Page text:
Carnival

In the months of February and March, the state of Goa transforms into something magical. Every local is buzzing with joy and excitement because of one joyous extravaganza: The Carnival. This mega event takes the exhilaration to a completely different level. You’ll find everyone drudging to get their fanciful floats up and running; all the youngsters getting their inventive costumes out; all the kids having their faces painted in bright colors and all the bikes and cars being decorated with all kinds of props only because this is Goa’s festival for everyone. This mammoth party sees no discrimination between any religion, race or culture. The men and the women, young and the old, locals and the visitors; come out in large numbers because nobody in their right minds would want to miss this spectacle, The Carnival.  

The Genesis

There have been many tales regarding the origin of Carnival. The festival is said to have its origins in Rome and then spread out towards other countries that follow Roman Catholicism. Carnival was brought to Goa by the Portuguese and according to their culture, the period before the season of Lent was supposed to be celebrated with great zeal and liveliness. The festival traditionally began on a Saturday (Sabado Gordo) and goes on up until Fat Tuesday, the last day of feasting before Ash Wednesday.  These are the days when every Goan ate, drank and enjoyed to the fullest, something which was prohibited in Lent, which is a season of repentance for all Christians.

According to our old folks, the festival was on a steep decline towards the end of the Portuguese rule and it was seemingly on the verge of disappearance soon after they left the state. But in the subsequent years, the locals revived this tradition and began celebrating Carnival with an even greater dynamism. Earlier it was just the Catholics that joined in Carnival celebrations but the diversity that Goa has was overpowered by our unity and now, this festival is here for everyone.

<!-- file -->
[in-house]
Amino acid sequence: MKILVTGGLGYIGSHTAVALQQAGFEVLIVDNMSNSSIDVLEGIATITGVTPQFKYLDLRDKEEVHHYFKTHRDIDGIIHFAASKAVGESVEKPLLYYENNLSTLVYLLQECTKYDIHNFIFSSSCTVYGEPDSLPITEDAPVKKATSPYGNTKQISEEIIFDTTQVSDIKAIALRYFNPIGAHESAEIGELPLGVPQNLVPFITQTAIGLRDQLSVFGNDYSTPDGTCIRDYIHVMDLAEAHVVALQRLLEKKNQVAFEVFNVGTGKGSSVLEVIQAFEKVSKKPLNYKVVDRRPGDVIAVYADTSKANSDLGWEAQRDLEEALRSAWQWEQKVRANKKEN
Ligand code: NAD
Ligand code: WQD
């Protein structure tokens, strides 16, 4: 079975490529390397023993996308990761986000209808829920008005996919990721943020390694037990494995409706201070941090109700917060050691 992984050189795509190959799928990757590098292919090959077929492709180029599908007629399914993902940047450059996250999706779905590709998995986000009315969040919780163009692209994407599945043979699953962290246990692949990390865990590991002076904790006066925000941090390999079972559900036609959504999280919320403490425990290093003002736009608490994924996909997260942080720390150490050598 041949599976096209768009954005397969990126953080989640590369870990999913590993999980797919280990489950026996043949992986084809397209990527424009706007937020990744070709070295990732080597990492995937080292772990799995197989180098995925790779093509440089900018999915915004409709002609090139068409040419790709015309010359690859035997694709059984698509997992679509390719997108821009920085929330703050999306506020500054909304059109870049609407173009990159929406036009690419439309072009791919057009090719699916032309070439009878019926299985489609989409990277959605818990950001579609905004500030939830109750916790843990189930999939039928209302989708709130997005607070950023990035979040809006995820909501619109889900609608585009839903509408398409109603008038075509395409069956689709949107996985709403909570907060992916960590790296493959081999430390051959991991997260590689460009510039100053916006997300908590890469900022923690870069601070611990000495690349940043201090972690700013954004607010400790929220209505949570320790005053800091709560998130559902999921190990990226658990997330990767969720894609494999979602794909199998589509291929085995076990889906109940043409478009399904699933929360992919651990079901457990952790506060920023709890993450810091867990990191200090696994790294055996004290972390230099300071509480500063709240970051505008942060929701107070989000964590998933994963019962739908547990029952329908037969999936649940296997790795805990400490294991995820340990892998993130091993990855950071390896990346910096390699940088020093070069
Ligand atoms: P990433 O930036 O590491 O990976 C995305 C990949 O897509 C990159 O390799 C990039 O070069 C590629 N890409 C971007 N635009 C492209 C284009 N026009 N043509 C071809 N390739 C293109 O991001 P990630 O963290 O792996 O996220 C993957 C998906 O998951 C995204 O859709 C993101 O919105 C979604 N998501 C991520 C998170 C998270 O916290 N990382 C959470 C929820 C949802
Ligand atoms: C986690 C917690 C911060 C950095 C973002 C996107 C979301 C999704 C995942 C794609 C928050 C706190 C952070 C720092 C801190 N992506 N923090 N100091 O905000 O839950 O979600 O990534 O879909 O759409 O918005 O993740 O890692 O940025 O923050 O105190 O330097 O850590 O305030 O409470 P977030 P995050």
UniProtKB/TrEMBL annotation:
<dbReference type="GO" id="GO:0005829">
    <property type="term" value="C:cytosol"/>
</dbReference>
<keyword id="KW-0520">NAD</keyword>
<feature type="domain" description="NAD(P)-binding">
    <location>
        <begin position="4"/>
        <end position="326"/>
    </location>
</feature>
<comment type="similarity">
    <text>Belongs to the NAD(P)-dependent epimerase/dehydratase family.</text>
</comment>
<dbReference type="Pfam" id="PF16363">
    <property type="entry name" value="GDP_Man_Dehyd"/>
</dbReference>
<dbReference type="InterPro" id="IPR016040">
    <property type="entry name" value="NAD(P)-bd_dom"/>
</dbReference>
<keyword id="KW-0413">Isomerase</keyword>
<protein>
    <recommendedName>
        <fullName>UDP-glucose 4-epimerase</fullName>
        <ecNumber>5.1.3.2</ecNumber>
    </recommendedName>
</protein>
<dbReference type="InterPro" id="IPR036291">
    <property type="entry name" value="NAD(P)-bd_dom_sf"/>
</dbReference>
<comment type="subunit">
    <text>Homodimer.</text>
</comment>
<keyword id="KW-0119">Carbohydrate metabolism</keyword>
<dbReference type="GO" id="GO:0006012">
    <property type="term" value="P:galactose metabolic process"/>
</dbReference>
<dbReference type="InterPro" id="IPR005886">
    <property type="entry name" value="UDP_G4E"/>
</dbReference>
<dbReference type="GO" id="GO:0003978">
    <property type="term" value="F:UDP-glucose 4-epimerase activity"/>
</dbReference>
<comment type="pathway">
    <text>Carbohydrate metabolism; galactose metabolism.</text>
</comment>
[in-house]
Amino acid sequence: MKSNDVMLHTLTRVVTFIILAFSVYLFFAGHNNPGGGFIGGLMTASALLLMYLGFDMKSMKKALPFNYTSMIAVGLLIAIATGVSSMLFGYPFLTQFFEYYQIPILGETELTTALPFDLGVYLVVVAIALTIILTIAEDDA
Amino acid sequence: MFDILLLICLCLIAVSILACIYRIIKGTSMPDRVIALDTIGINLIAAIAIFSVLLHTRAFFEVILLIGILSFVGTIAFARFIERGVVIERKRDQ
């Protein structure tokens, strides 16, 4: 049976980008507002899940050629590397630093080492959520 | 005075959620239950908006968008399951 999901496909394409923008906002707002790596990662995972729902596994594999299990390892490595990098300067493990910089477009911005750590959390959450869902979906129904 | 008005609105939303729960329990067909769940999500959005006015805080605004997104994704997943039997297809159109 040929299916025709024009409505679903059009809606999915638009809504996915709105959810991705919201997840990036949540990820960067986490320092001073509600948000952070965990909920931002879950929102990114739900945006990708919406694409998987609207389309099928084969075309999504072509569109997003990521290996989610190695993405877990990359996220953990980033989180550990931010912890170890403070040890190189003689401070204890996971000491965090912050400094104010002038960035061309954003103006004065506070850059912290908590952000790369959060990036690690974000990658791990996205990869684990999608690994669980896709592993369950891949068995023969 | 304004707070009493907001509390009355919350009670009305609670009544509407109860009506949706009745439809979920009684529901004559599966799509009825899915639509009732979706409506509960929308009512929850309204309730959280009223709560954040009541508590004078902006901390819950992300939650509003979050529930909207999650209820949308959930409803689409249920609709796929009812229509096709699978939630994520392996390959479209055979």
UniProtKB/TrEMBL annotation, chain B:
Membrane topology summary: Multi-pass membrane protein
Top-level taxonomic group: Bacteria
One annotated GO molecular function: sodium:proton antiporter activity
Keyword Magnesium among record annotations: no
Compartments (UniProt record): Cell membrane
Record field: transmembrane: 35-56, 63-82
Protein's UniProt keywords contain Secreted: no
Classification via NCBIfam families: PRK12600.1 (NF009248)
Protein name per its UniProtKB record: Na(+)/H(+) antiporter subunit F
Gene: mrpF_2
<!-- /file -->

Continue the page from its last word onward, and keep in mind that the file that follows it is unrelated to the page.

The Fun

Carnival is a massive celebration packed with entertainment for everyone. You have some amazing cuisines to satisfy your tastebuds, some excuisite beverages, numerous power packed performances and frolic filled parties, all in the span of a few days. Here are a few highlights of what goes down at The Carnival every year.

The Decorations

The streets of Goa are transformed into magical avenues with beautiful lights lining the roads. The lamp posts are decorated with the famous Carnival Masks and brightly coloured props that simply sets the tone for everyone. The public hangouts including the gardens and massive sidewalks are given a complete makeover that brings out the celebratory feeling for everyone that passes by.

Goa’s major cities like Panjim, Margao and Mapusa are lit up at night with all sorts of brilliantly coloured lights. The famous Church Square in Panjim is one of the biggest hubs for the Carnival celebration with the Masquerade Party being hosted here. The famous Garcia de Orta is beautifully set up for various artists to perform amidst great enthusiasm and jubilation.